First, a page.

Built for the Baltimore Storage and Lightering Company of London and launched in 1887, the steamship Swansea was launched from the yard of William Gray and Company of Hartlepool (Yard No 322). Her hull was constructed of steel and had dimensions of 315.2′ x 40.2′ x 20.2’ with tonnage of 2816 gross, 1690 net. Powered by a triple expansion steam engine of 274 hp supplied by the Central Marine Engineering Works of Hartlepool. The vessel was sold only a year later and renamed Maine and operated for the Maine Steamship Company until purchased by the Atlantic Steamship Company in 1891.
In 1901 she was requisitioned by the Admiralty and converted to a hospital ship. As the First World War approached the Maine, which had spent most of her Admiralty career in the Mediterranean, arrived in Lamlash, Arran in support of a number of warships stationed there.
In June 1914 she sailed from there, via Campbeltown, to pick up patients from the minelaying fleet engaged in manoeuvres in Loch Linnhe. As she steamed into the Firth of Lorne on the 16th she was enveloped in dense fog and as a result she ran aground at around 2am the next morning on the Mull coast close to Frank Lockwood’s Island. Their was no panic aboard as it was obvious that she was in no immediate danger and the crew began an orderly evacuation of the patients. They were taken ashore and housed in tents which had been erected to give them shelter while they awaited rescue. As soon as the fog cleared a number of naval vessels headed for the scene and by mid afternoon six ships were standing by off shore and the evacuation of the patients for transportation to Oban, had begun. At first it was hoped that the Maine could be refloated but, after examination, it was decided that the salvage would be too costly as she was seriously damaged and would sink if she was pulled off, unless extensive repairs were carried out on site. She was then abandoned until she was broken up where she lay after the war.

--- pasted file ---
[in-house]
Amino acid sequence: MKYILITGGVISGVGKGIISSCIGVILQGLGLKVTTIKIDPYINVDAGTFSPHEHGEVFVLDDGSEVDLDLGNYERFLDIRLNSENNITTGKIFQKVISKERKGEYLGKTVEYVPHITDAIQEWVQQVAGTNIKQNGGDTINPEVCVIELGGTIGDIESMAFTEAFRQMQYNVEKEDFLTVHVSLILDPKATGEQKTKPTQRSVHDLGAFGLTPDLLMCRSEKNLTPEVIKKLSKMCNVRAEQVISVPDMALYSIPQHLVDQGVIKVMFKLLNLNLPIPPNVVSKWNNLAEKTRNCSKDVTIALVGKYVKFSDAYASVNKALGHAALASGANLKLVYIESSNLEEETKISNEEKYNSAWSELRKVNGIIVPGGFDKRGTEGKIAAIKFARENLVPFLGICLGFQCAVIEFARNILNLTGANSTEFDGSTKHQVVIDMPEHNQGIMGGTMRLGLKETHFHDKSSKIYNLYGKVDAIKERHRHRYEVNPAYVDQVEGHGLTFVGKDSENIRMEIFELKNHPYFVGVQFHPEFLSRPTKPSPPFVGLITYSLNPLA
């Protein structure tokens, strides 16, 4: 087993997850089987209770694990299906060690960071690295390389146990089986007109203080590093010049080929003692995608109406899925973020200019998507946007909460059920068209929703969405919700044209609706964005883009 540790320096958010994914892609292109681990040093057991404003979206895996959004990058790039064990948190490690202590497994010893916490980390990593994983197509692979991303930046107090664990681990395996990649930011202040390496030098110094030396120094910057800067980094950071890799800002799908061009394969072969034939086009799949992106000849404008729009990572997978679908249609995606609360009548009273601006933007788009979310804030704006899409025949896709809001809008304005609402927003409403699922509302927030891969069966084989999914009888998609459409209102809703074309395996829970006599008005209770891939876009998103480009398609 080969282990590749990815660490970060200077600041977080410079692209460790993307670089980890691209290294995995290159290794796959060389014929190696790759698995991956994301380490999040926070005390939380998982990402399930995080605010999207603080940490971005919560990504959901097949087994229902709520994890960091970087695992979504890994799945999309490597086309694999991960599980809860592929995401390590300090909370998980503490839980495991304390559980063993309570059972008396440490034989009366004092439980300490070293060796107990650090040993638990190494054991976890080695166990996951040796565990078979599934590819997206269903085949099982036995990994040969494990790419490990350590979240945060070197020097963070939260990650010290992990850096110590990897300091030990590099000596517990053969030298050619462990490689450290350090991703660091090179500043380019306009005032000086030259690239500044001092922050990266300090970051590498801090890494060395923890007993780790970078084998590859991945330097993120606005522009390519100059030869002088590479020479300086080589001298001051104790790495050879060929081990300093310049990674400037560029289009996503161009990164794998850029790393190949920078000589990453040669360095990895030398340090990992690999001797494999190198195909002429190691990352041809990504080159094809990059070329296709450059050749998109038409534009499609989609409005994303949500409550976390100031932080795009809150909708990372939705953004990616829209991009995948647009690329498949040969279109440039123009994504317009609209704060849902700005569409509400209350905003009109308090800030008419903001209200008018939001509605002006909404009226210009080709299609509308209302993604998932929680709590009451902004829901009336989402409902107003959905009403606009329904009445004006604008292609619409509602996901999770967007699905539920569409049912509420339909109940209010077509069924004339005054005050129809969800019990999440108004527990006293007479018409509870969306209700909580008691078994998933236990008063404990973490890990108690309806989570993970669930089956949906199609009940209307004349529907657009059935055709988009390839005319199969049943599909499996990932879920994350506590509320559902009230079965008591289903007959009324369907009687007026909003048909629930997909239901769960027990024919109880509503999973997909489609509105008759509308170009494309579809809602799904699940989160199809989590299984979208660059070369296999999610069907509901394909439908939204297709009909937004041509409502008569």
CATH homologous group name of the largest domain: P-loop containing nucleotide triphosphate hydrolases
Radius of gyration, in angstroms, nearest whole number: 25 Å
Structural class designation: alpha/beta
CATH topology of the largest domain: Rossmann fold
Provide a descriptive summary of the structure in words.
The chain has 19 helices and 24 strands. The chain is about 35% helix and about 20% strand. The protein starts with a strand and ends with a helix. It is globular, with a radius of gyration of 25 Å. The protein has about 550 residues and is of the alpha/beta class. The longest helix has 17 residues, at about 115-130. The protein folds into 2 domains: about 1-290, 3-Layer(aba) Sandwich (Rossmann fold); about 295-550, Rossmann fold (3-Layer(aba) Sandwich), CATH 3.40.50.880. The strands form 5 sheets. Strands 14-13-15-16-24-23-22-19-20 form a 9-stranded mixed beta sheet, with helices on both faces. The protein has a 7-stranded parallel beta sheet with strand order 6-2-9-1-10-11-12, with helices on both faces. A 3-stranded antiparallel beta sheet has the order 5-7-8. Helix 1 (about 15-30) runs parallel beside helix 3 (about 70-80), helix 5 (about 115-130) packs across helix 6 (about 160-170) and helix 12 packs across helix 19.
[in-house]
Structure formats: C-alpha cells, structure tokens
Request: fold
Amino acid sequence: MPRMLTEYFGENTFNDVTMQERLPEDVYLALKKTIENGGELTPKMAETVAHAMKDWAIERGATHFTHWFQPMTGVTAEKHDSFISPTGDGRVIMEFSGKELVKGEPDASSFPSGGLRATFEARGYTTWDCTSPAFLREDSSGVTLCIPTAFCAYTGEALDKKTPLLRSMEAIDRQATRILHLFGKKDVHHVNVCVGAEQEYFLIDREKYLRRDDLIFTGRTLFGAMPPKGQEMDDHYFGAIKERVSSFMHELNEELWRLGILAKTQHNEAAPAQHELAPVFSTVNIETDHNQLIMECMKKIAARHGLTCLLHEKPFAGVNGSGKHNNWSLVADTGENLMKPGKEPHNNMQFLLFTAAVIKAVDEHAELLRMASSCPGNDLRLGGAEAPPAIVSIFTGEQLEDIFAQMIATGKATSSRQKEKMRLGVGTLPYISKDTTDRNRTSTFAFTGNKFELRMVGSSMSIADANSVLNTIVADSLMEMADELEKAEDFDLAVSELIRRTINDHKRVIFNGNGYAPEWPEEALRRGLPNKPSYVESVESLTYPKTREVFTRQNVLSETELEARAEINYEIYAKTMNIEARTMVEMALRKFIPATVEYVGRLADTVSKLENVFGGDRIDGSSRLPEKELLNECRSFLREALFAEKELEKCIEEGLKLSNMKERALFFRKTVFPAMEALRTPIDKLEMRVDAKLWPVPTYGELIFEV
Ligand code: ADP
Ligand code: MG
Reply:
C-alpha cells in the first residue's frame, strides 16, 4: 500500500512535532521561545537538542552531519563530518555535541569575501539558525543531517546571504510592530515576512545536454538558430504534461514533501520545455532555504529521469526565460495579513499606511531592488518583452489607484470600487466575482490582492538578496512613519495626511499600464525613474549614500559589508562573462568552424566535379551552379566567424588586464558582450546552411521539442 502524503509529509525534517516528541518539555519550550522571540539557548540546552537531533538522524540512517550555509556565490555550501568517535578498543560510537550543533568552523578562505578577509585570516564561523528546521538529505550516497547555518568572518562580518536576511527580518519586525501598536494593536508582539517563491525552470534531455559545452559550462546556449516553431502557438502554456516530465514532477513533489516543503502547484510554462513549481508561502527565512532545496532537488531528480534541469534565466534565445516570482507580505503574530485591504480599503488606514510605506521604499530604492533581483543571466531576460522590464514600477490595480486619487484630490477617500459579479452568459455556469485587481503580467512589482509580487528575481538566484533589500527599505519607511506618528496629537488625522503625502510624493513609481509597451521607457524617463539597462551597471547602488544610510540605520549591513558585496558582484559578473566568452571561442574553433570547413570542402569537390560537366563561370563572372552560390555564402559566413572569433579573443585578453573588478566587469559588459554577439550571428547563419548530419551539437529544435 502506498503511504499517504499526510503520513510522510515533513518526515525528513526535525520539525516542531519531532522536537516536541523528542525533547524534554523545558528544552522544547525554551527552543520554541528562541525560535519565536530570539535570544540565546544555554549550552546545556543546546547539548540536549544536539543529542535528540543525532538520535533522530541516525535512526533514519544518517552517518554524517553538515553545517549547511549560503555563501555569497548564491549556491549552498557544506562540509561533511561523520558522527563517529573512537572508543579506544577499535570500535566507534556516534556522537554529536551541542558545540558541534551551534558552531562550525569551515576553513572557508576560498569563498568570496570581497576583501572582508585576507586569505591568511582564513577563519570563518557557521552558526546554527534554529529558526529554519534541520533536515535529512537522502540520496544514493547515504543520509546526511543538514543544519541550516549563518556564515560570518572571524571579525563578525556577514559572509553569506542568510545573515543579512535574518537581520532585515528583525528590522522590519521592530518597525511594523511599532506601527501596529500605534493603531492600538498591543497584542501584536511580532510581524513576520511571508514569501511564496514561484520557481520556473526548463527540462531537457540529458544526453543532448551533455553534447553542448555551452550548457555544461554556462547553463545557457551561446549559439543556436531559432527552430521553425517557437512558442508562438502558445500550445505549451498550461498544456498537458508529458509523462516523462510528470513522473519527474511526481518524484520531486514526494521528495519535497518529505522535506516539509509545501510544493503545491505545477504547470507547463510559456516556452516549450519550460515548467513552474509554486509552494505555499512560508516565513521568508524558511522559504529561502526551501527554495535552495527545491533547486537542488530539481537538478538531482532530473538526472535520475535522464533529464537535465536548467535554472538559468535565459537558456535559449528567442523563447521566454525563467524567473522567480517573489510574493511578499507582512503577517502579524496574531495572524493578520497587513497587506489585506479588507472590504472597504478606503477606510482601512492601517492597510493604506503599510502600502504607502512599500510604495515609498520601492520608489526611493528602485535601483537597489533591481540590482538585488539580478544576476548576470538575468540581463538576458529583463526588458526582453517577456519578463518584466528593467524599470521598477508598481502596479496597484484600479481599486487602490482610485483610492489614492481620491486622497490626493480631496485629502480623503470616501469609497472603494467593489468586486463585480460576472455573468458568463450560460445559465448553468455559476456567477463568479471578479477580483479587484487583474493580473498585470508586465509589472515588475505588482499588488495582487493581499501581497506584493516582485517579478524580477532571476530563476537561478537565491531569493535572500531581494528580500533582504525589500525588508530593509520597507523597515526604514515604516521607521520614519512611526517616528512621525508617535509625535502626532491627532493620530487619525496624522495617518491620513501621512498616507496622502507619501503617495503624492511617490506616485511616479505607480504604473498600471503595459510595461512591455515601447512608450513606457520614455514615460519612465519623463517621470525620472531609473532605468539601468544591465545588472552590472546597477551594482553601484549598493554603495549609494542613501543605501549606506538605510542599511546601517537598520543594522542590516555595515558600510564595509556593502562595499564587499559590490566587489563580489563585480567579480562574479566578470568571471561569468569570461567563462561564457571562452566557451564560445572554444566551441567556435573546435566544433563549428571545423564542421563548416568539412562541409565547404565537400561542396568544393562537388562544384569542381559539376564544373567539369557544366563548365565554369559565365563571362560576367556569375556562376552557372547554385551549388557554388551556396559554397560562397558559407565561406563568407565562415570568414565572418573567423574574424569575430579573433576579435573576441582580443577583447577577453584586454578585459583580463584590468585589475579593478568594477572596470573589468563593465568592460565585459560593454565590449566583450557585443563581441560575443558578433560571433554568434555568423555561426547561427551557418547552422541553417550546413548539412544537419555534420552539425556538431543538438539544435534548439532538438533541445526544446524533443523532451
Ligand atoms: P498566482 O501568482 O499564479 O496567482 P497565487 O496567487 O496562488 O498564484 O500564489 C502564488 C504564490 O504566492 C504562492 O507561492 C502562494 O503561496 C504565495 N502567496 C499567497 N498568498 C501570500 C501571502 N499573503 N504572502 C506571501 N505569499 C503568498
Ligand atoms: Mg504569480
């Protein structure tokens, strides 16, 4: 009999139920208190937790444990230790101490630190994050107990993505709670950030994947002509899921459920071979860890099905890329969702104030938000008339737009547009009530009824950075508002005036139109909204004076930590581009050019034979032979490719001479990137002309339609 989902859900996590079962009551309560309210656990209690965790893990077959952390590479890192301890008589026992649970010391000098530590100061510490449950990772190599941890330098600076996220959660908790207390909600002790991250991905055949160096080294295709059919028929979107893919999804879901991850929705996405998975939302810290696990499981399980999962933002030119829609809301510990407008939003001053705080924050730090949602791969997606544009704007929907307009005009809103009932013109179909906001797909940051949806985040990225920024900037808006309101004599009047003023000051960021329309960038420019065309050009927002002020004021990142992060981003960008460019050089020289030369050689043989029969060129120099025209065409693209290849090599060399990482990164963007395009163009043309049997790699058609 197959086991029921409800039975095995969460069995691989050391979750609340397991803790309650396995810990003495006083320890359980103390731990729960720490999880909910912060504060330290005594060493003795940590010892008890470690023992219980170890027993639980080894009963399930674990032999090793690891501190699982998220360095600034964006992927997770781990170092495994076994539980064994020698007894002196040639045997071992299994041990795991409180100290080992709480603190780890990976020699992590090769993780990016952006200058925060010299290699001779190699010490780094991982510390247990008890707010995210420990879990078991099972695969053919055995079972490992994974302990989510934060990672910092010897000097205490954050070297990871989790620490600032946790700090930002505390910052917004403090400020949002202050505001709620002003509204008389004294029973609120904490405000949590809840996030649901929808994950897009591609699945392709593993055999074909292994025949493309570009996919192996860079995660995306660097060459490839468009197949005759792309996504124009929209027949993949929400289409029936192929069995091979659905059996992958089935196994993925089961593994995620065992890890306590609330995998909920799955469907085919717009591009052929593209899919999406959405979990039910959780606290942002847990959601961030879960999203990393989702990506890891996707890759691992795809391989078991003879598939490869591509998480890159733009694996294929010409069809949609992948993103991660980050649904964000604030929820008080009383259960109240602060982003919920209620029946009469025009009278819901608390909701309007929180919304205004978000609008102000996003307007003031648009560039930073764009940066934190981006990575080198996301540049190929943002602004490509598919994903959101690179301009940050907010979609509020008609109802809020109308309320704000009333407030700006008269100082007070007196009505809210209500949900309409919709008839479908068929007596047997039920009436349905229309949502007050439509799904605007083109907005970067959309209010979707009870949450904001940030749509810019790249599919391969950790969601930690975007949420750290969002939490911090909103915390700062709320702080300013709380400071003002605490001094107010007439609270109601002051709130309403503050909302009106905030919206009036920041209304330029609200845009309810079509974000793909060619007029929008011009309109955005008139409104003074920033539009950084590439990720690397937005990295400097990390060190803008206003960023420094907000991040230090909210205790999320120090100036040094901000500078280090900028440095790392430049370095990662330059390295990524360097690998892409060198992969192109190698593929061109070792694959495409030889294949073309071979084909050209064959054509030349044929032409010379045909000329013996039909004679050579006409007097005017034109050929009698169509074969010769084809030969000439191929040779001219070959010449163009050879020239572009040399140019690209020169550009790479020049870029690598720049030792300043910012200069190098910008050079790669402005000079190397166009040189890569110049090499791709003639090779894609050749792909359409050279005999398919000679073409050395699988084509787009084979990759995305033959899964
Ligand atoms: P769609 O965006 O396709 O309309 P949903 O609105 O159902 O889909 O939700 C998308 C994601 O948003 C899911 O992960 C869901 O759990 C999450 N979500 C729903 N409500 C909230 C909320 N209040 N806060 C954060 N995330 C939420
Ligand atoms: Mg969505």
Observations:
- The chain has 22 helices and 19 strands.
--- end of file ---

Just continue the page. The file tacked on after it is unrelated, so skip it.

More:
The Wreck Today
Some remains of the Maine can be seen ashore on the Mull coast behind Frank Lockwood’s Island. The Hydrographic Department have her charted at 56° 18.633’N, 005° 50.335’W. There are reports of scattered wreckage underwater but the authors could not find any signs of this when they dived in this location.